For DRE investments to progress in fragile settings, collaborative efforts are needed from all stakeholders, including DFIs, private sector actors, and international investors. Off-grid energy has numerous catalytic benefits and is a sector that can offer diaspora investors impact and commercial returns as part of a blended model.

As focus now turns to low income and fragile settings, it is important to adopt a more tailored approach to blended finance in these setting. Generalised approaches run the risk of not creating the desired impact or of ineffective allocation of aid. Tailoring blended finance includes building an understanding of how to include diaspora financing as a private investment tool. It also includes generating evidence on the value added in doing so. Policymakers must also turn their attention to fostering more conducive enabling environments for diaspora investments, which includes action around:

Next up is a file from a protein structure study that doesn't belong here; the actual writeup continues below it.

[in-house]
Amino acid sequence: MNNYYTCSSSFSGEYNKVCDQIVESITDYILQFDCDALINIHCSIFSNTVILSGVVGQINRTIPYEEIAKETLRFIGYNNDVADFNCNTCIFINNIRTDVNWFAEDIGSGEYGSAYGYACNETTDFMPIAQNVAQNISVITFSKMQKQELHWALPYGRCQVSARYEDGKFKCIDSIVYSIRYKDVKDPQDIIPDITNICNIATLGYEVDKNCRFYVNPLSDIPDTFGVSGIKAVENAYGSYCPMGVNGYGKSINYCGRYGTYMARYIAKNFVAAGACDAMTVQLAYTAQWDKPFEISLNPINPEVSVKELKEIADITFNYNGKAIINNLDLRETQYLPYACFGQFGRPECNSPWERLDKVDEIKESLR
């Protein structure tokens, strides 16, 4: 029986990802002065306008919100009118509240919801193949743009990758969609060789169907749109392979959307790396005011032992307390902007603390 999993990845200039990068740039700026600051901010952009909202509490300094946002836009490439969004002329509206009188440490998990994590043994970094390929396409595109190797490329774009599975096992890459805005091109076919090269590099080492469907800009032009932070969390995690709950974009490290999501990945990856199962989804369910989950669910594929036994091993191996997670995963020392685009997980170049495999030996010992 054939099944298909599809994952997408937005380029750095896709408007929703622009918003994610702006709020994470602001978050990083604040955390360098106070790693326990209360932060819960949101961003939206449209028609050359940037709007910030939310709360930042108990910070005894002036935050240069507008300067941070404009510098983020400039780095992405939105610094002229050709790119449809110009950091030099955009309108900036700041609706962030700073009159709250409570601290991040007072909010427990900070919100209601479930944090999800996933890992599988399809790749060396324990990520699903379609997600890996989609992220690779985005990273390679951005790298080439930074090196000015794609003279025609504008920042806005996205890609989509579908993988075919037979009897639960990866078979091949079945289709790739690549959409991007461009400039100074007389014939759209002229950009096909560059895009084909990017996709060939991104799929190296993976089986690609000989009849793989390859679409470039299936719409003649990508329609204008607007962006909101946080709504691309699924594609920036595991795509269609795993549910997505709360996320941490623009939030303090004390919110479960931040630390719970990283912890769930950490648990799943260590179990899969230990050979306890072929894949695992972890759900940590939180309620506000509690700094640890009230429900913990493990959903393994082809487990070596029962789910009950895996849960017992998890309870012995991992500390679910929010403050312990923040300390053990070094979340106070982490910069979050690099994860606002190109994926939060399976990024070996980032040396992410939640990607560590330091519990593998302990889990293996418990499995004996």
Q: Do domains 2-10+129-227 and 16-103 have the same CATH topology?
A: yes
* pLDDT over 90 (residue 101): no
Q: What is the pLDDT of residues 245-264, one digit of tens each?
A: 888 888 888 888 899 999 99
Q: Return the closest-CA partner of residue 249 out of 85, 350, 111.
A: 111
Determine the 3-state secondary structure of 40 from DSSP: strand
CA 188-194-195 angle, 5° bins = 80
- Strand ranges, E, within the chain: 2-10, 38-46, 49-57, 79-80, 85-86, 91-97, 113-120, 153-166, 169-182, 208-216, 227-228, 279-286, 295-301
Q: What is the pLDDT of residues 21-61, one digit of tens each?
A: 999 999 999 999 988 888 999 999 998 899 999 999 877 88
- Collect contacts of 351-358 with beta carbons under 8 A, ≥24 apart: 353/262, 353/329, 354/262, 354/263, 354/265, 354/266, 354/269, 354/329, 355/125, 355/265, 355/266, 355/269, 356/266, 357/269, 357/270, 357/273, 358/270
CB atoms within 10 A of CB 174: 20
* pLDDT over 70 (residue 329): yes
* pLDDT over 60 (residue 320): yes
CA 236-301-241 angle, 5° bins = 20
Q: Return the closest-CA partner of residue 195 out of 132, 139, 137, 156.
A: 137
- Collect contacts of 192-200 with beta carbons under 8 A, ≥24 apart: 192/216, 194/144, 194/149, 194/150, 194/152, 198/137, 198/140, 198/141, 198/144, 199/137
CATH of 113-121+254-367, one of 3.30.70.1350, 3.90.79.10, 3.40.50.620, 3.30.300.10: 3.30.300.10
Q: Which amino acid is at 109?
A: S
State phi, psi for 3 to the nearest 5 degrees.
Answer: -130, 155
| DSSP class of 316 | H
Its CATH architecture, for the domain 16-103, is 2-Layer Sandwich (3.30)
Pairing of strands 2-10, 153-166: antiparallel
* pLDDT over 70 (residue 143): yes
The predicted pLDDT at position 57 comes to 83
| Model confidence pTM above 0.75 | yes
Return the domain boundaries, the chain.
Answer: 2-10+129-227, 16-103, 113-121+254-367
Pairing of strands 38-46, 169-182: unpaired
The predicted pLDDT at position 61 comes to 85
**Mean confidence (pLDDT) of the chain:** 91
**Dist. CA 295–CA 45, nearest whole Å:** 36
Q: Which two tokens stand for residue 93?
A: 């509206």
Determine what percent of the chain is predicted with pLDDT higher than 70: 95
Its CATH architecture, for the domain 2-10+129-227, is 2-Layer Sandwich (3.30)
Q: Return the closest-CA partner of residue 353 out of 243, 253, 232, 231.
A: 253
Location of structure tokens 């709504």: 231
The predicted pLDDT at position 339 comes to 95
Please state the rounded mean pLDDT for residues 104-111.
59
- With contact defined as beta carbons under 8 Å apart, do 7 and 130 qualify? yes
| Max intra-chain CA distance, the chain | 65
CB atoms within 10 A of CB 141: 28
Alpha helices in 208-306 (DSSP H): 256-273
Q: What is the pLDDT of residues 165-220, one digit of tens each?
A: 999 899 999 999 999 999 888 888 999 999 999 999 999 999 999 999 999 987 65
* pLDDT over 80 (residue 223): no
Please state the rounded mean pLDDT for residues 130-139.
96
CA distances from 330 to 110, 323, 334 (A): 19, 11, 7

1. institutional engagement with diasporas
  2. extending rights and recognising diasporas’ contributions
  3. establishing an economic enabling environment and financial incentives
  4. supporting greater systematic data and information for diaspora investment flows
  5. promoting investment incentives
  6. setting up initiatives to leverage and mobilise resources

Editor's note: This article is part of our Escaping the fragility trap series.